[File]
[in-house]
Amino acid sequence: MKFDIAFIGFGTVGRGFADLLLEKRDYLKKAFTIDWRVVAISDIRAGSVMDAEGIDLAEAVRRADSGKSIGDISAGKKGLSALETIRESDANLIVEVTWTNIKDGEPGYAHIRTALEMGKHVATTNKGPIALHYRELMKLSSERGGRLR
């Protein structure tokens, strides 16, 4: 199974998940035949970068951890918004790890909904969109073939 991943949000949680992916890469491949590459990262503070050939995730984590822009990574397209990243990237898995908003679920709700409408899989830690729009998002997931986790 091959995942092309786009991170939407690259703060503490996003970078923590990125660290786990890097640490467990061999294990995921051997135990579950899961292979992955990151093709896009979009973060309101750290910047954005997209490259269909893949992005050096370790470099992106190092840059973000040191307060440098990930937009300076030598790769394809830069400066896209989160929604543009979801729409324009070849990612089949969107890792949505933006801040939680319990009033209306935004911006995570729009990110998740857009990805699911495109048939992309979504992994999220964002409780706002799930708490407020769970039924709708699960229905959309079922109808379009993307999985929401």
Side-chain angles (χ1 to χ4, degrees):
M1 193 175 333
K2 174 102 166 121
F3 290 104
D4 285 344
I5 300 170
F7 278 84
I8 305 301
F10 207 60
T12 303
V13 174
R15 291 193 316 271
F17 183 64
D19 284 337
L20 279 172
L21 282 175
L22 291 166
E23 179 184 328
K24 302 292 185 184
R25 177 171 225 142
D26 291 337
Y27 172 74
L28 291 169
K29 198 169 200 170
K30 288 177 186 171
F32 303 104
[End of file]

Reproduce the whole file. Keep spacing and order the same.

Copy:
[in-house]
Amino acid sequence: MKFDIAFIGFGTVGRGFADLLLEKRDYLKKAFTIDWRVVAISDIRAGSVMDAEGIDLAEAVRRADSGKSIGDISAGKKGLSALETIRESDANLIVEVTWTNIKDGEPGYAHIRTALEMGKHVATTNKGPIALHYRELMKLSSERGGRLR
């Protein structure tokens, strides 16, 4: 199974998940035949970068951890918004790890909904969109073939 991943949000949680992916890469491949590459990262503070050939995730984590822009990574397209990243990237898995908003679920709700409408899989830690729009998002997931986790 091959995942092309786009991170939407690259703060503490996003970078923590990125660290786990890097640490467990061999294990995921051997135990579950899961292979992955990151093709896009979009973060309101750290910047954005997209490259269909893949992005050096370790470099992106190092840059973000040191307060440098990930937009300076030598790769394809830069400066896209989160929604543009979801729409324009070849990612089949969107890792949505933006801040939680319990009033209306935004911006995570729009990110998740857009990805699911495109048939992309979504992994999220964002409780706002799930708490407020769970039924709708699960229905959309079922109808379009993307999985929401």
Side-chain angles (χ1 to χ4, degrees):
M1 193 175 333
K2 174 102 166 121
F3 290 104
D4 285 344
I5 300 170
F7 278 84
I8 305 301
F10 207 60
T12 303
V13 174
R15 291 193 316 271
F17 183 64
D19 284 337
L20 279 172
L21 282 175
L22 291 166
E23 179 184 328
K24 302 292 185 184
R25 177 171 225 142
D26 291 337
Y27 172 74
L28 291 169
K29 198 169 200 170
K30 288 177 186 171
F32 303 104